Michael Daniels, Dean of Applied Technologies, said that local contractors, subcontractors, and builders looked to WPCC for help.
“They couldn’t find anybody who could run a backhoe, excavator, or dozer,” he said. “That’s when we decided the heavy equipment operator program would be a perfect addition to our suite of programs.” WPCC students receive hands-on training on the college’s four different simulator: hydraulic excavator, dozer, small wheel loader, and advanced dozer.
Terry Adams, WPCC coordinator HEO/instructor, tells his students that the simulator’s purpose is to familiarize them with the controls and for them to experience operating heavy equipment virtually.
“At first, getting on the simulator is a little intimidating for the students,” he said. “I have to coax them into sitting in the seat and explain they’re not going to get hurt or hurt anything. They’re not going to tear anything up or crash it. Then they get more comfortable and start learning. Spending time on the simulators and completing the exercises really teaches the students and prepares them to operate heavy equipment.”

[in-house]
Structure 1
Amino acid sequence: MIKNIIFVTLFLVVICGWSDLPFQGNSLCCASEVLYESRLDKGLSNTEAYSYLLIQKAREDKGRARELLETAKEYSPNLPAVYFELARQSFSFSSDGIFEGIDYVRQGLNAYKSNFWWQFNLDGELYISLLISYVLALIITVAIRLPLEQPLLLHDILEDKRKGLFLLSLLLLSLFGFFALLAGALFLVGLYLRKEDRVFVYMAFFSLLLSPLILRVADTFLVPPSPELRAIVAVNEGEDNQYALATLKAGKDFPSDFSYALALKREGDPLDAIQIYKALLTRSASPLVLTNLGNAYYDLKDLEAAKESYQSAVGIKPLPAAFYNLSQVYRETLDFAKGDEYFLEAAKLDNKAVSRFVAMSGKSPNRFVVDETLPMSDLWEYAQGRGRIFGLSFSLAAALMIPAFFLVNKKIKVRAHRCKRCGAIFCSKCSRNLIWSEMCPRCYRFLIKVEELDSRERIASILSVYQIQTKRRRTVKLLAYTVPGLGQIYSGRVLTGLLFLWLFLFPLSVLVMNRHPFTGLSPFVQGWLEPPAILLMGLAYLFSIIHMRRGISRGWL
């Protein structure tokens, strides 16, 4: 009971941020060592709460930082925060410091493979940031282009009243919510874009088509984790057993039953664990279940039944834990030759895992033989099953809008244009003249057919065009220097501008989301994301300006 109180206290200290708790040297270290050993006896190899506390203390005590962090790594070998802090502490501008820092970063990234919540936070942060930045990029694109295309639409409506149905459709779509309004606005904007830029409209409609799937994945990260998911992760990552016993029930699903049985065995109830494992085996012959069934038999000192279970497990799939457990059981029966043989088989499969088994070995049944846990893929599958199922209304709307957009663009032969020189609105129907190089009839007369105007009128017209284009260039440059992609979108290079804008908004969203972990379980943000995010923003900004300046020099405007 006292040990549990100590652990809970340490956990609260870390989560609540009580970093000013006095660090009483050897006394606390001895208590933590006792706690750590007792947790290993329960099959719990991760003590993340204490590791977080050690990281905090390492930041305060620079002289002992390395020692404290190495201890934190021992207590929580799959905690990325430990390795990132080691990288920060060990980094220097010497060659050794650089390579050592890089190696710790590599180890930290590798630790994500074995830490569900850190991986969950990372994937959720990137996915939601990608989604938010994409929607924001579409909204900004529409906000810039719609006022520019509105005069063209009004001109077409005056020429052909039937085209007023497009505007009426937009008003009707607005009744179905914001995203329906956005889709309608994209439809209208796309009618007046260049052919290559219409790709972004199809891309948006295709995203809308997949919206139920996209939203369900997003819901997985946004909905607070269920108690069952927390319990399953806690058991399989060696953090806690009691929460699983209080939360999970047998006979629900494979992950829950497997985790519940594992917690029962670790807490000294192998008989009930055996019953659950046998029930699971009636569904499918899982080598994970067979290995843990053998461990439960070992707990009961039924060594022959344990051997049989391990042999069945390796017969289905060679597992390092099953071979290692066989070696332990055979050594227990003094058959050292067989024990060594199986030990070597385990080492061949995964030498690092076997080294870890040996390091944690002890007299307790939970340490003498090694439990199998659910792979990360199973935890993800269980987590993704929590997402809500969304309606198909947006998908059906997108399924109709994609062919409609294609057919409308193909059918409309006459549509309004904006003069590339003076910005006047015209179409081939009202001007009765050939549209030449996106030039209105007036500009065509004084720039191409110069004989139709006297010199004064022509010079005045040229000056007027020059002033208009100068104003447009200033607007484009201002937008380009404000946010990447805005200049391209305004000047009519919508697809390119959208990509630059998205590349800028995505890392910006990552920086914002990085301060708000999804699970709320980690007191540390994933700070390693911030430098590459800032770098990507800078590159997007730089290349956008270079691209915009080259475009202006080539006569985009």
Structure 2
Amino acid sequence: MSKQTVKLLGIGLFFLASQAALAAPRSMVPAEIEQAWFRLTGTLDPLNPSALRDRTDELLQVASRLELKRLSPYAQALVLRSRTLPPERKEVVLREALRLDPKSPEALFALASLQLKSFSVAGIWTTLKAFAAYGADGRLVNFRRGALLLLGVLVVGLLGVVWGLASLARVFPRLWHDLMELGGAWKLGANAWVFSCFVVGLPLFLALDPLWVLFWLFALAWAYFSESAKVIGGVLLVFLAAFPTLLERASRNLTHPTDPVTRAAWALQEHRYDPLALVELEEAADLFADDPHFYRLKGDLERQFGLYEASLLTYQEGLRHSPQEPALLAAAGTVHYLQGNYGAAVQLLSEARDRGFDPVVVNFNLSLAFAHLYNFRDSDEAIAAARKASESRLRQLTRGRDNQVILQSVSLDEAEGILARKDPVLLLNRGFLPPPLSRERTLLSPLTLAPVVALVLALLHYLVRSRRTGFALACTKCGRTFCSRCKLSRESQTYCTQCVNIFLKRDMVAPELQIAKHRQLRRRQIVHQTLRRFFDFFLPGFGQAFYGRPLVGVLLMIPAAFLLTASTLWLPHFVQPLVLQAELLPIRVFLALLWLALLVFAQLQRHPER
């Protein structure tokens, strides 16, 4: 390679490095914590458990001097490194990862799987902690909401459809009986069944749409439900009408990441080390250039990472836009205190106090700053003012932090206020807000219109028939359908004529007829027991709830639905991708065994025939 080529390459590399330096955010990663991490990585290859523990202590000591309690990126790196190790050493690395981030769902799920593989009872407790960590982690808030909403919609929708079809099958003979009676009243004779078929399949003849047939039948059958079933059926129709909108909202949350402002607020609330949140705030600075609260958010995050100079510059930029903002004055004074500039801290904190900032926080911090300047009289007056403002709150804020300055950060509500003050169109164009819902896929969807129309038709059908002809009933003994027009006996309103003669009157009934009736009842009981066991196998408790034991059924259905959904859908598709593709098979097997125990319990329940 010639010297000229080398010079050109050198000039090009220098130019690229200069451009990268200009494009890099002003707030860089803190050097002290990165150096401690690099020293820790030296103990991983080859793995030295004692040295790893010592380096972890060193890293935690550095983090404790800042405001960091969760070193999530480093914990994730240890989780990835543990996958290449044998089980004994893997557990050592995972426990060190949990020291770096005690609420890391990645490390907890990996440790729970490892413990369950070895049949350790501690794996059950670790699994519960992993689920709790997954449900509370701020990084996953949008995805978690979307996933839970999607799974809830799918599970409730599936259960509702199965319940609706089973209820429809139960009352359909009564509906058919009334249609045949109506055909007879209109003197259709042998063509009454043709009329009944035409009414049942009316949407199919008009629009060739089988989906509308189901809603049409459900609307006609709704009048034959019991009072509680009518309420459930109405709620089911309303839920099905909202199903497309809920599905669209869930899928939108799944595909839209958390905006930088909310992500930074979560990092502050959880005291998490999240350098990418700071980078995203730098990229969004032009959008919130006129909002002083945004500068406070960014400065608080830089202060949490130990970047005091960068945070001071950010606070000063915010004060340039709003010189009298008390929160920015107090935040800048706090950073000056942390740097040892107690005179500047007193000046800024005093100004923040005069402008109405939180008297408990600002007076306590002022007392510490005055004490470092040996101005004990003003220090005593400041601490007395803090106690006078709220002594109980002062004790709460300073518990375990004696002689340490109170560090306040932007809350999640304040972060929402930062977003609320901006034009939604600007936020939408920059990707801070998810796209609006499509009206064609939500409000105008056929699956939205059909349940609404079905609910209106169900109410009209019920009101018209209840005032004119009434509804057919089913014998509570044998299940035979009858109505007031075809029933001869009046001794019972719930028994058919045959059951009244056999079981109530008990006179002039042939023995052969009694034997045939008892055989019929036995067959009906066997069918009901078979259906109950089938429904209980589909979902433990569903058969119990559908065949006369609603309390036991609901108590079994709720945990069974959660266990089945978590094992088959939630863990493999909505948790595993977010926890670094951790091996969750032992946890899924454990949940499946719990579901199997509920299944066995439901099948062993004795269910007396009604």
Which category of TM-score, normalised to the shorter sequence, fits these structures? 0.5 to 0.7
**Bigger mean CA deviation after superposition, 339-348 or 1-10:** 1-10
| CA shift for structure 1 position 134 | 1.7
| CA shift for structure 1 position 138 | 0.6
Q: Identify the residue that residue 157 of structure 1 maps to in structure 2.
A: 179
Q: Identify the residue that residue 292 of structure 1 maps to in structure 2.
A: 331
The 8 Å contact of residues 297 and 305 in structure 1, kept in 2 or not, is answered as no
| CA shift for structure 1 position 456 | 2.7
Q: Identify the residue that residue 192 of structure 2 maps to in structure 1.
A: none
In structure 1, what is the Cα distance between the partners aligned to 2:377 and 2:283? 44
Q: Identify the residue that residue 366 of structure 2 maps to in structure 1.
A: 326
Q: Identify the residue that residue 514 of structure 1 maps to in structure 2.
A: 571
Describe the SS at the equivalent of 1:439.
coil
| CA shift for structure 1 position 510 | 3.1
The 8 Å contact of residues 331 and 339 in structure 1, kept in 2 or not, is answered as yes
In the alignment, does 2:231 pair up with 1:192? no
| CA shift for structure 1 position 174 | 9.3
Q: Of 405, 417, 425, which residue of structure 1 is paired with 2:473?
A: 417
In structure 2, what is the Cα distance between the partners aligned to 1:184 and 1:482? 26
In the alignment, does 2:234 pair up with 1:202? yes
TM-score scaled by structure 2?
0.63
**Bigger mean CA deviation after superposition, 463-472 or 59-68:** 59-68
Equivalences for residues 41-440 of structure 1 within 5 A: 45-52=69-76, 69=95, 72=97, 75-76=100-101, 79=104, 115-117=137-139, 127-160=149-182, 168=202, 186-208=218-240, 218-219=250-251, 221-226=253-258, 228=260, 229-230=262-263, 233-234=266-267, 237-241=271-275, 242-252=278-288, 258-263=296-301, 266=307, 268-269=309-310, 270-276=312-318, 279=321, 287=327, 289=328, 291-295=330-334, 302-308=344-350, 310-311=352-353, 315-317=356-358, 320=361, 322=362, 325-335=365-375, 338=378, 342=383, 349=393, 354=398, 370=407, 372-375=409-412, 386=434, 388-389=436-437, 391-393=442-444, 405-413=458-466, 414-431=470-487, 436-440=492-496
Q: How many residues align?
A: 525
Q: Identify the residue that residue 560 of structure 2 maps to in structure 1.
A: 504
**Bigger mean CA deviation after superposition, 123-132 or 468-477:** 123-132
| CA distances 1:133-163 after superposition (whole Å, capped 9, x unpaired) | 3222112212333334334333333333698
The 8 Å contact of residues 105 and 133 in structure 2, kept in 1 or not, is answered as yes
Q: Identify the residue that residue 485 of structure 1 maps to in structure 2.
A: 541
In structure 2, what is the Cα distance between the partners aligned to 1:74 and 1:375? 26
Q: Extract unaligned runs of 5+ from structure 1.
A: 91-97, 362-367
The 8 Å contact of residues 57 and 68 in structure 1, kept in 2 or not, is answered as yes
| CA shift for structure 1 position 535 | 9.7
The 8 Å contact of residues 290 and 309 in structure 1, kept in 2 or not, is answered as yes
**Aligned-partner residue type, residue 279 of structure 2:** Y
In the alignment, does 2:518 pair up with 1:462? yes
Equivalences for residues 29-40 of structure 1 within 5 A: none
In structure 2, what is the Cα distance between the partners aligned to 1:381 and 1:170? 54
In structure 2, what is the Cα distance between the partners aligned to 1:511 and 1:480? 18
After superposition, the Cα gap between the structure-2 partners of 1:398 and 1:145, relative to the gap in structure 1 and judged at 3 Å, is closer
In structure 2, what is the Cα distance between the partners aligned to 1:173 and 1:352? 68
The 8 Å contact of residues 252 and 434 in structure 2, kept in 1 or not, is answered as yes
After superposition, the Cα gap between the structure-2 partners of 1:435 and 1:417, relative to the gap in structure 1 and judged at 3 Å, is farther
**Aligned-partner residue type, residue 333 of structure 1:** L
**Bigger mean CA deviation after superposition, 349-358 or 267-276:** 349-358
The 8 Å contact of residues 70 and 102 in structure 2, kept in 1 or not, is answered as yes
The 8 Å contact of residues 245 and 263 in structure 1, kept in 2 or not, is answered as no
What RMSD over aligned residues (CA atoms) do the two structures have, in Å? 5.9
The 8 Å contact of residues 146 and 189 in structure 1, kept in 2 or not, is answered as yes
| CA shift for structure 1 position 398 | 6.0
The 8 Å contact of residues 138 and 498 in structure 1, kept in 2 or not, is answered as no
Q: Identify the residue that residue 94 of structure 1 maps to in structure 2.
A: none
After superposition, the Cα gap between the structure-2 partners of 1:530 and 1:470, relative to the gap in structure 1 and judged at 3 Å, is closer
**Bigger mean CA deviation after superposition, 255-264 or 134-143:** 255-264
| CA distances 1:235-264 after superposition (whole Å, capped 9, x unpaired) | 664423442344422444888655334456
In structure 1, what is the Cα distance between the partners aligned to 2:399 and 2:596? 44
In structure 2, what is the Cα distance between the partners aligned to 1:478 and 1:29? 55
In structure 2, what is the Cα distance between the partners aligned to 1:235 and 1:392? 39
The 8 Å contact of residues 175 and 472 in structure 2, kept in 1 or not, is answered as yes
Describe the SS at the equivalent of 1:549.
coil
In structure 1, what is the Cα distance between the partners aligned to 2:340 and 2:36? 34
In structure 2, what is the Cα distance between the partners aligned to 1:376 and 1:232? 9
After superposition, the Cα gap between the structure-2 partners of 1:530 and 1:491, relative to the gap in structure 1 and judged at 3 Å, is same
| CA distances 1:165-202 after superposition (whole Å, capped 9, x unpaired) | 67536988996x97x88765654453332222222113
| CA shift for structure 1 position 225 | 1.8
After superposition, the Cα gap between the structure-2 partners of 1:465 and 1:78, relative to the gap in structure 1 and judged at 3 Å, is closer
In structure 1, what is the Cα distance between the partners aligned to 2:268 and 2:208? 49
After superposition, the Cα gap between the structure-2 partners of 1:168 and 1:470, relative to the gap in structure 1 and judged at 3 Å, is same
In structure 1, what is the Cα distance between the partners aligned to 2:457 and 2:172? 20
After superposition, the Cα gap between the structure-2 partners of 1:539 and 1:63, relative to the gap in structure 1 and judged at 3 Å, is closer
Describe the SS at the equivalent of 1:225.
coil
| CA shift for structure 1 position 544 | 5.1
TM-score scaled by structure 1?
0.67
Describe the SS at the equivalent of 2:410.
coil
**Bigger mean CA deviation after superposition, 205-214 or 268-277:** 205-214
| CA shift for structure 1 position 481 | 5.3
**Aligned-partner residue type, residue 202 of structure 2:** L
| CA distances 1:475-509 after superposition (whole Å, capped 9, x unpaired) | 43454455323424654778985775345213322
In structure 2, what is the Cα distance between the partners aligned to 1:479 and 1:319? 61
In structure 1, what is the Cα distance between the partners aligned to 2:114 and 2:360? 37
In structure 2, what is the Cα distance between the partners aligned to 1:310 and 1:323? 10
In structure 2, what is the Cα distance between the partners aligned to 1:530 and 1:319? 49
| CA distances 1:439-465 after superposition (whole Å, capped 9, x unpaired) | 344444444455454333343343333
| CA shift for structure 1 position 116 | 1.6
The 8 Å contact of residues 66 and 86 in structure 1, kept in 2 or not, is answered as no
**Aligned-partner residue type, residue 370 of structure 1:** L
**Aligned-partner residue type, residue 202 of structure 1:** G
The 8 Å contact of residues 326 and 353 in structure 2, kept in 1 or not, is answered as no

Collins Career Technical Center (CCTC) in Chesapeake, Ohio, launched an HEO program after completing a needs assessment with local employers and Local Operating Engineers in Ohio, Kentucky, and West Virginia.
“We determined there was a great need for operator training to address the future demands of close to 22,000 heavy equipment operators over the next two years,” said Michael Staton, associate director. The team believed an in-depth heavy equipment training program, complete with four simulator systems, would be crucial for the Tri-State’s future workforce, according to Staton.
CCTC students learn how to operate small wheel loaders, motor graders, excavators, and dozers on the college’s simulator systems. Mark Norris, heavy equipment instructor, said that he appreciates the safety factor the simulators bring to the students, instructors, and equipment.